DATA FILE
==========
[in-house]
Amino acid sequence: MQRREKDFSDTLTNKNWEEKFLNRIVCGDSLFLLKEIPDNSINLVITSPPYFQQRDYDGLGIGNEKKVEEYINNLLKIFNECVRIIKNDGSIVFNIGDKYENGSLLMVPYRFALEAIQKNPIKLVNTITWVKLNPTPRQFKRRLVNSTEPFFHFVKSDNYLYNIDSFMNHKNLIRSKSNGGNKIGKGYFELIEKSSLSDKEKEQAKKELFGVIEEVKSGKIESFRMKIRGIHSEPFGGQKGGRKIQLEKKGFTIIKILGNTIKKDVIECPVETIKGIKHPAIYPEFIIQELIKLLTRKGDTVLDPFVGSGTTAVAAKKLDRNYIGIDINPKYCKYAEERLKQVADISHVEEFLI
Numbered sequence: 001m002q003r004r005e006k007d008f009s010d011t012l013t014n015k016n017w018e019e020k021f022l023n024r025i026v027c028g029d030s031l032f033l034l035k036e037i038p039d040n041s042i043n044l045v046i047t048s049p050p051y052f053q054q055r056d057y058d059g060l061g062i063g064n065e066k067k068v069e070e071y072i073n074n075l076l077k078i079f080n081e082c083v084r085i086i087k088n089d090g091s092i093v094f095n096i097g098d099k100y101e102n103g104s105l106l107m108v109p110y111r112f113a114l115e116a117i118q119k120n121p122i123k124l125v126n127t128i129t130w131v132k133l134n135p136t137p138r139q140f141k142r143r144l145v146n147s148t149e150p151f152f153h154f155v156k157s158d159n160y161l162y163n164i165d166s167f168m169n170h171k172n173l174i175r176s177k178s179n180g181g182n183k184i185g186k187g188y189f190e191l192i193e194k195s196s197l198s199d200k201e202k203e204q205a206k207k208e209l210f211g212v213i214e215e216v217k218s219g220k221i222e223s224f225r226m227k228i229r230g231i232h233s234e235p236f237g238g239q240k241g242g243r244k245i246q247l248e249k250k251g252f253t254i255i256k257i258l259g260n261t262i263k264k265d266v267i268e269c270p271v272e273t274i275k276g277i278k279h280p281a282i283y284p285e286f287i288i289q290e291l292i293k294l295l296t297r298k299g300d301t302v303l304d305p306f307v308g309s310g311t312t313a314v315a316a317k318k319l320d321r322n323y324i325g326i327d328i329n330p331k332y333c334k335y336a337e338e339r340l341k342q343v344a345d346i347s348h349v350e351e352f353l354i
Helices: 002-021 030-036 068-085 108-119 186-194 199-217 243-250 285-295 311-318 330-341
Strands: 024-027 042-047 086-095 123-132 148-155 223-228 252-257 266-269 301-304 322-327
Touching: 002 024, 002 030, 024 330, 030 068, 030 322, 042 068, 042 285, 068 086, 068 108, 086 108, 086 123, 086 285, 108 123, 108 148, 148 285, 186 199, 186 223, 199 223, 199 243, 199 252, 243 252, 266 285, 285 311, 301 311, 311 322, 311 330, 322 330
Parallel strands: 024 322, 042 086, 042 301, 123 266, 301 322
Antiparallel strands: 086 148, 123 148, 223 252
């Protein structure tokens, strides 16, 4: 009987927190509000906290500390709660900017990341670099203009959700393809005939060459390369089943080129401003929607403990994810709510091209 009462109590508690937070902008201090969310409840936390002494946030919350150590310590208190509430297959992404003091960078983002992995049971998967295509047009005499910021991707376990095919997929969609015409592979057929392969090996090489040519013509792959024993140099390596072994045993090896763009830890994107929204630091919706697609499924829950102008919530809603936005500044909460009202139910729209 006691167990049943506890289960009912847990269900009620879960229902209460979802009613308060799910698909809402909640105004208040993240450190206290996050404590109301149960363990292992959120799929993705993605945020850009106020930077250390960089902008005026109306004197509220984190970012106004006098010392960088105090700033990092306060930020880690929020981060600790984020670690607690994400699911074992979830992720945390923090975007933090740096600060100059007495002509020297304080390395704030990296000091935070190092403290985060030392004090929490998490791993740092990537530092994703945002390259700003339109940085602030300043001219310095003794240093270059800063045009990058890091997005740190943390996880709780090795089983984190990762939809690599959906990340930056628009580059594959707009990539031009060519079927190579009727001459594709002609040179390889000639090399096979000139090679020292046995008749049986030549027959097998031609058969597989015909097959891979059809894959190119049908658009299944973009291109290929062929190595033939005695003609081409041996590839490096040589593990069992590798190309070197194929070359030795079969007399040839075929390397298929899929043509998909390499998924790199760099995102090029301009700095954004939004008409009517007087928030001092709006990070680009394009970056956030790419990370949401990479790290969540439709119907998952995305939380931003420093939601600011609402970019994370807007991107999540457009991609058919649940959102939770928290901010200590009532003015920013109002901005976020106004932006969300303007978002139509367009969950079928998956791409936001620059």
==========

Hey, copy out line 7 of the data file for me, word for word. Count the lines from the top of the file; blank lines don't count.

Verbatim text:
Parallel strands: 024 322, 042 086, 042 301, 123 266, 301 322